If you haven't read it yet, I would suggest checking out the recent post by Dr. Moseley as that is one of a number of things that got me thinking this week about Clinical Decision making. Here is a link to his post:
First, do no harm - by Lorimer Moseley
I do 100% agree with Dr. Moseley and his NOI / BIM group colleagues, as these brilliant clinicians and scientists are really leading the pack when it comes to the concepts we utilize in clinical practice related to pain science and the neuroplasticity of the brain. In no way am I challenging what is being said.
I do have a number of questions, however, and hopefully by posing them here to the world I can dialogue and gain some clarity.
My personal beliefs and biases are not set in one system versus another, but rather doing what works, is in the best interest of the patient/client, is in line with the patient/client's goals & beliefs, and makes the most lasting change in the shortest time possible while minimizing their risk of adverse events.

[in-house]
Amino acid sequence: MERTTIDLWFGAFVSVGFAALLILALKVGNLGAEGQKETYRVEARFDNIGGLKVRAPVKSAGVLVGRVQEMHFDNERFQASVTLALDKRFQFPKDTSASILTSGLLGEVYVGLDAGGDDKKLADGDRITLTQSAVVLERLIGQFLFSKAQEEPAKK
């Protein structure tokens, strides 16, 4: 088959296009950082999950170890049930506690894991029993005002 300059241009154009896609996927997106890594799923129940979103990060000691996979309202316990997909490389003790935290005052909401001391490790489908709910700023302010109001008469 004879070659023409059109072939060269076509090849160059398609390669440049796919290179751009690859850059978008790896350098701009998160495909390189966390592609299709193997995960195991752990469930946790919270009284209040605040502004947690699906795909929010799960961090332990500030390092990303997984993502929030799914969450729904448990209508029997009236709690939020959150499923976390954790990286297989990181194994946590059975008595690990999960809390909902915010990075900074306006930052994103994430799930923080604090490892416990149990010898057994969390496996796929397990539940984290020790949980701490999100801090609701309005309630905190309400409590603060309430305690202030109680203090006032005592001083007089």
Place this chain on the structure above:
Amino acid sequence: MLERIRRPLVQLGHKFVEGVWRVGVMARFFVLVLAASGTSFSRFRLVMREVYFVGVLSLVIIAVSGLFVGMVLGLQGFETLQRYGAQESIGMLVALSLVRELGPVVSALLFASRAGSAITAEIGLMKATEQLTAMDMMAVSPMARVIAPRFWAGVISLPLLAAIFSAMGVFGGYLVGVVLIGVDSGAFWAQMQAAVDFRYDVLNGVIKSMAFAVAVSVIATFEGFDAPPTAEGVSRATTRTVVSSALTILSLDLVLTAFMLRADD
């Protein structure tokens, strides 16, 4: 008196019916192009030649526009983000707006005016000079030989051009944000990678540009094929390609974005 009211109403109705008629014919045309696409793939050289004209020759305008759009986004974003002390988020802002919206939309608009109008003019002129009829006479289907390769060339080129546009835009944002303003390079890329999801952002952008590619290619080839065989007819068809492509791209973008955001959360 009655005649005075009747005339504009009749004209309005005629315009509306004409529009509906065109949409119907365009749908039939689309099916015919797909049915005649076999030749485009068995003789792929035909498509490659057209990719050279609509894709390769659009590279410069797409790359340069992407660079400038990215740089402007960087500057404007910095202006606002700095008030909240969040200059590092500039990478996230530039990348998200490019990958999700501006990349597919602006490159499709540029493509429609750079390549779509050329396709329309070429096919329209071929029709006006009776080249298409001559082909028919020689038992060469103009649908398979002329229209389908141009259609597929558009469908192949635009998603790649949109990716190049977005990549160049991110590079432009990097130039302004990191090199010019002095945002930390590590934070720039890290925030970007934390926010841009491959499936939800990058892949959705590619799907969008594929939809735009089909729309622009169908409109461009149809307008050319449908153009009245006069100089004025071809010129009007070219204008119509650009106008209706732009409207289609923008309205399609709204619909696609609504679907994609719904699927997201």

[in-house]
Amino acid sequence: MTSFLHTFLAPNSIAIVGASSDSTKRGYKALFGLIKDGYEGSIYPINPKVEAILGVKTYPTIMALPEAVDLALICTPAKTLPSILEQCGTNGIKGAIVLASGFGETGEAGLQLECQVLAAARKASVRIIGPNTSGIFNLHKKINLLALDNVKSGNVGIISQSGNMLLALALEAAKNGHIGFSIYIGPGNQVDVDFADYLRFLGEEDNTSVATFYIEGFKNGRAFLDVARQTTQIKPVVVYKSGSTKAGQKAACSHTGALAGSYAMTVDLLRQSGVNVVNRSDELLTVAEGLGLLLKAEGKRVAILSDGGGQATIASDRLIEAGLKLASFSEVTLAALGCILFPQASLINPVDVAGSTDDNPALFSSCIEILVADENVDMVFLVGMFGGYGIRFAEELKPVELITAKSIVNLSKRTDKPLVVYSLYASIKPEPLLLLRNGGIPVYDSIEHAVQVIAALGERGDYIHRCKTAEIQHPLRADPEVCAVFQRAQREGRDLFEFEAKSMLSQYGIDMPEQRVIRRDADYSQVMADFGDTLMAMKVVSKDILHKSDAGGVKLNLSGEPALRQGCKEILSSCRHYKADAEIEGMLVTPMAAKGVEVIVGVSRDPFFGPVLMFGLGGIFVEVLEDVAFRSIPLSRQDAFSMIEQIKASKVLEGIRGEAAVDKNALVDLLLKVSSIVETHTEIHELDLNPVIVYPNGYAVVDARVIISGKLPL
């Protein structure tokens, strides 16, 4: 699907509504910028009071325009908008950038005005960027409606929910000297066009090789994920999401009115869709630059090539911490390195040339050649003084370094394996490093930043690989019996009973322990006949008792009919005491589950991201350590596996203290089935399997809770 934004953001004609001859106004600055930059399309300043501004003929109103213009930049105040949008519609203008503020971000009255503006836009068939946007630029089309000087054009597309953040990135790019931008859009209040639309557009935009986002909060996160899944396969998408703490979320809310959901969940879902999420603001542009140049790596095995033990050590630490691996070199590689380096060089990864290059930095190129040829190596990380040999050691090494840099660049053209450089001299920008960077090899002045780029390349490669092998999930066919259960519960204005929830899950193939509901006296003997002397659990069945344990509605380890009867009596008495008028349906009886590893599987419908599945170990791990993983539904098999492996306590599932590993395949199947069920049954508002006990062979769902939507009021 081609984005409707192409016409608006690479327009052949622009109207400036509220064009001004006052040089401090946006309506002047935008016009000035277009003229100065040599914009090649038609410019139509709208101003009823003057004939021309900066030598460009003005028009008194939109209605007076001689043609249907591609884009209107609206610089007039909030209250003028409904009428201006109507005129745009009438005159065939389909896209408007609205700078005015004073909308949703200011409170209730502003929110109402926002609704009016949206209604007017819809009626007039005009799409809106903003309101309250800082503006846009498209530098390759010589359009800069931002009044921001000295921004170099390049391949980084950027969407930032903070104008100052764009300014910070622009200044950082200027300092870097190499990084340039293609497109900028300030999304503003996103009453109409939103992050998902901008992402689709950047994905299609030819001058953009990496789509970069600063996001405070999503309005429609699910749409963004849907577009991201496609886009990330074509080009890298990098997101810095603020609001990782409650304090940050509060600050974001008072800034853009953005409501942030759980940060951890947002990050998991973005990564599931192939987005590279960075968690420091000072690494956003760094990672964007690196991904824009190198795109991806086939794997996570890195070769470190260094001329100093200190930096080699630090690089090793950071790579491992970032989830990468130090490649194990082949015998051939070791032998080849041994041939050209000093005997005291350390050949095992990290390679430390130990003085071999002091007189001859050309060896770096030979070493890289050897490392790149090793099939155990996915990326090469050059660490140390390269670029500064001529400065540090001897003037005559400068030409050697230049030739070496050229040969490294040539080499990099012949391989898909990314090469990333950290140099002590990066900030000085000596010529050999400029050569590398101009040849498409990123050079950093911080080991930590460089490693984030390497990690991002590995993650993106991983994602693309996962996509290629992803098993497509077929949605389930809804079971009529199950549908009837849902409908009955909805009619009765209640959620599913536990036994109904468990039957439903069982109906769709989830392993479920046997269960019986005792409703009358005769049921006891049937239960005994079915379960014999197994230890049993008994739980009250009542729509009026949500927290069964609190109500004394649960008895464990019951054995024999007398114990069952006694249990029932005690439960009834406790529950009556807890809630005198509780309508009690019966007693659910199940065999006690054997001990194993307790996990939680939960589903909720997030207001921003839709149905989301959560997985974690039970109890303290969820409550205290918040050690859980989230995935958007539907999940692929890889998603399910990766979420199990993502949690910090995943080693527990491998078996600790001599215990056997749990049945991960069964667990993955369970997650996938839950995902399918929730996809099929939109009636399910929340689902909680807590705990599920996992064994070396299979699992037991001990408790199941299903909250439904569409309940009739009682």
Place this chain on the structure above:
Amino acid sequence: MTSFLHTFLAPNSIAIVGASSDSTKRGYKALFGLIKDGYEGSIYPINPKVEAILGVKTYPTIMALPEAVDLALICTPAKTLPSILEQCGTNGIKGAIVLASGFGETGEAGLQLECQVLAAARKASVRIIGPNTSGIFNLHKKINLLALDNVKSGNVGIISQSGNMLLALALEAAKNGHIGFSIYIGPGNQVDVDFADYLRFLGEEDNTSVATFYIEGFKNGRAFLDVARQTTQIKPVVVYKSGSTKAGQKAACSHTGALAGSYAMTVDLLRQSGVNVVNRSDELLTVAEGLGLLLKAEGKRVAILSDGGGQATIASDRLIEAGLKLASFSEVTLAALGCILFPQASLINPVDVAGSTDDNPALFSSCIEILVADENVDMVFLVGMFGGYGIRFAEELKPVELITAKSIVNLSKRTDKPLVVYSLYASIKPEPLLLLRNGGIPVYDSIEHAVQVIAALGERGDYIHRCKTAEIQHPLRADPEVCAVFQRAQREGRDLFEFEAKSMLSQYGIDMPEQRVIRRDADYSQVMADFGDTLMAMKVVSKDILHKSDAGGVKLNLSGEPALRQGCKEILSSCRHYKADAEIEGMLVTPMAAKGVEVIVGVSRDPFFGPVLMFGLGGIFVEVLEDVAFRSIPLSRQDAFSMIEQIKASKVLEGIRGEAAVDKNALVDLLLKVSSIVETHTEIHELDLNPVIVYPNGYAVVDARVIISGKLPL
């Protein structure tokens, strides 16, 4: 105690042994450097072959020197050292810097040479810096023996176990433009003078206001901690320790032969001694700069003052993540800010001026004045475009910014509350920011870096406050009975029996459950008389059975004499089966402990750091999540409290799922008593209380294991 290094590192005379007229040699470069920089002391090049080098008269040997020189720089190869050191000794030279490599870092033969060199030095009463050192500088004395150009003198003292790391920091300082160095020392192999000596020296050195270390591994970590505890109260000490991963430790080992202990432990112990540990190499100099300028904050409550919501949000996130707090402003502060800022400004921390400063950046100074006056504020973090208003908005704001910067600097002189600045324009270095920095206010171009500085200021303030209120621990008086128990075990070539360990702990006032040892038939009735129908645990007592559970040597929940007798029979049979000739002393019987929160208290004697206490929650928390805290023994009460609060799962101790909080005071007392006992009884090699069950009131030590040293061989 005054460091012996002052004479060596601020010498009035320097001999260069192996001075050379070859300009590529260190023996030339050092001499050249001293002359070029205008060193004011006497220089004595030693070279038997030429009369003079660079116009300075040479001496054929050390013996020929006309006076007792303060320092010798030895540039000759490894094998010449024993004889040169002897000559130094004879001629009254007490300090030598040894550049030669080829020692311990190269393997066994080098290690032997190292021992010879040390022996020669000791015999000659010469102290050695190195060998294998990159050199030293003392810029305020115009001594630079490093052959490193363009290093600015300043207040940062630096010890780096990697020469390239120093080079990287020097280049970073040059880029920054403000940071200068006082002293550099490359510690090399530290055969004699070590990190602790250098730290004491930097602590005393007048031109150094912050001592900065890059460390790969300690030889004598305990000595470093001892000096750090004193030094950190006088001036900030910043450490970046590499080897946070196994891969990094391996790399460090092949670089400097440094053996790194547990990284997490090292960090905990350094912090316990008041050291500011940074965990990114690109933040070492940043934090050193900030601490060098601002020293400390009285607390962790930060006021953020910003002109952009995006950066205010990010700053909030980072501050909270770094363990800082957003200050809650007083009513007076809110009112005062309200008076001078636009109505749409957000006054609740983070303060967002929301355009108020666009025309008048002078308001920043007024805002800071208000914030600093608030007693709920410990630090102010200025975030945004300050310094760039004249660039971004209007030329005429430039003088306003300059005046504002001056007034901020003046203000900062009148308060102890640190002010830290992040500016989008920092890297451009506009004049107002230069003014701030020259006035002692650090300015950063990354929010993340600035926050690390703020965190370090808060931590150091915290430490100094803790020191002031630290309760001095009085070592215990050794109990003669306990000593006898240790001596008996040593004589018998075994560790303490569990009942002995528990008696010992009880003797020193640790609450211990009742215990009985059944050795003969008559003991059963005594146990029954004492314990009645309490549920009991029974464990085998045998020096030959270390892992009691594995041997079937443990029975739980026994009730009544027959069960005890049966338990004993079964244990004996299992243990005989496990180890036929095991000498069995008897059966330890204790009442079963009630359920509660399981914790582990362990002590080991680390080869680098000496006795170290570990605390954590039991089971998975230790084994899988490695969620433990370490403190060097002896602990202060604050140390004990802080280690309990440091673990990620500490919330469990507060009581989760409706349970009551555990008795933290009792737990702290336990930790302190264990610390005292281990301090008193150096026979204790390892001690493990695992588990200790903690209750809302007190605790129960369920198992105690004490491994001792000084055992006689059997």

Tall order, I know....
My questions are not based in the dogma of 'doing because that's how it's been done', or in defense of a bias toward manual therapy & exercise interventions and the biomechanical mechanisms that have been beaten into my head over the years. Rather, they are an attempt to decipher where & how all these things fit together -- because my personal thought is that they can, and do, exist together every day.
(Sidenote - I have not yet watched MedBridgeEducation's Pain:Where Does Biomechanics Fit, it's on my short list, so don't hate on me too much about that!)
Sometimes I get sucked into blog posts, more the comments than the posts admittedly, when topics of pain, structure, function and the dreaded Evidence-Based Practice are thrown at each other. Clearly there are some with very strong beliefs one way or the other, which is cool. I mean really, we all have to believe in something. We wouldn't be doing what we do if we didn't.